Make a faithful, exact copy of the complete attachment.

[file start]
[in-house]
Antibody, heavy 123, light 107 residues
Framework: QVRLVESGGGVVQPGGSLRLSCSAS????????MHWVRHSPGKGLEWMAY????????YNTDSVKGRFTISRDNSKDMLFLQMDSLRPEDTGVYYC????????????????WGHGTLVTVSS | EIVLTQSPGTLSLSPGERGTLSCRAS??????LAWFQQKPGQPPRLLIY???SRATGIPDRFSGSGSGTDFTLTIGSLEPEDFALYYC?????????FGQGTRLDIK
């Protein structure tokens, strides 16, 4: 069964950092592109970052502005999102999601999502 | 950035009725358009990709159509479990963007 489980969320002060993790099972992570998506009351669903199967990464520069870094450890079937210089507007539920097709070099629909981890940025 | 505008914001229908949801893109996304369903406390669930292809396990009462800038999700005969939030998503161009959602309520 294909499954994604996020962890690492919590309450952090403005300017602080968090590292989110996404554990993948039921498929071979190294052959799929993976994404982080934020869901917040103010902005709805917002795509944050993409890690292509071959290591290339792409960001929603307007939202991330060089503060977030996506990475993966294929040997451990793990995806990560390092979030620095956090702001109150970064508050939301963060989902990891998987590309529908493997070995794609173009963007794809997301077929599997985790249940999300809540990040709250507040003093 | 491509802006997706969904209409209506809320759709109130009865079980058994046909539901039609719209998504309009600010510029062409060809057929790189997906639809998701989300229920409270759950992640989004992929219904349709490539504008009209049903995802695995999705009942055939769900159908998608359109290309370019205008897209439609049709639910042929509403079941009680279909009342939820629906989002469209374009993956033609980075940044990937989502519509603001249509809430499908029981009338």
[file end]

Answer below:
[in-house]
Antibody, heavy 123, light 107 residues
Framework: QVRLVESGGGVVQPGGSLRLSCSAS????????MHWVRHSPGKGLEWMAY????????YNTDSVKGRFTISRDNSKDMLFLQMDSLRPEDTGVYYC????????????????WGHGTLVTVSS | EIVLTQSPGTLSLSPGERGTLSCRAS??????LAWFQQKPGQPPRLLIY???SRATGIPDRFSGSGSGTDFTLTIGSLEPEDFALYYC?????????FGQGTRLDIK
């Protein structure tokens, strides 16, 4: 069964950092592109970052502005999102999601999502 | 950035009725358009990709159509479990963007 489980969320002060993790099972992570998506009351669903199967990464520069870094450890079937210089507007539920097709070099629909981890940025 | 505008914001229908949801893109996304369903406390669930292809396990009462800038999700005969939030998503161009959602309520 294909499954994604996020962890690492919590309450952090403005300017602080968090590292989110996404554990993948039921498929071979190294052959799929993976994404982080934020869901917040103010902005709805917002795509944050993409890690292509071959290591290339792409960001929603307007939202991330060089503060977030996506990475993966294929040997451990793990995806990560390092979030620095956090702001109150970064508050939301963060989902990891998987590309529908493997070995794609173009963007794809997301077929599997985790249940999300809540990040709250507040003093 | 491509802006997706969904209409209506809320759709109130009865079980058994046909539901039609719209998504309009600010510029062409060809057929790189997906639809998701989300229920409270759950992640989004992929219904349709490539504008009209049903995802695995999705009942055939769900159908998608359109290309370019205008897209439609049709639910042929509403079941009680279909009342939820629906989002469209374009993956033609980075940044990937989502519509603001249509809430499908029981009338």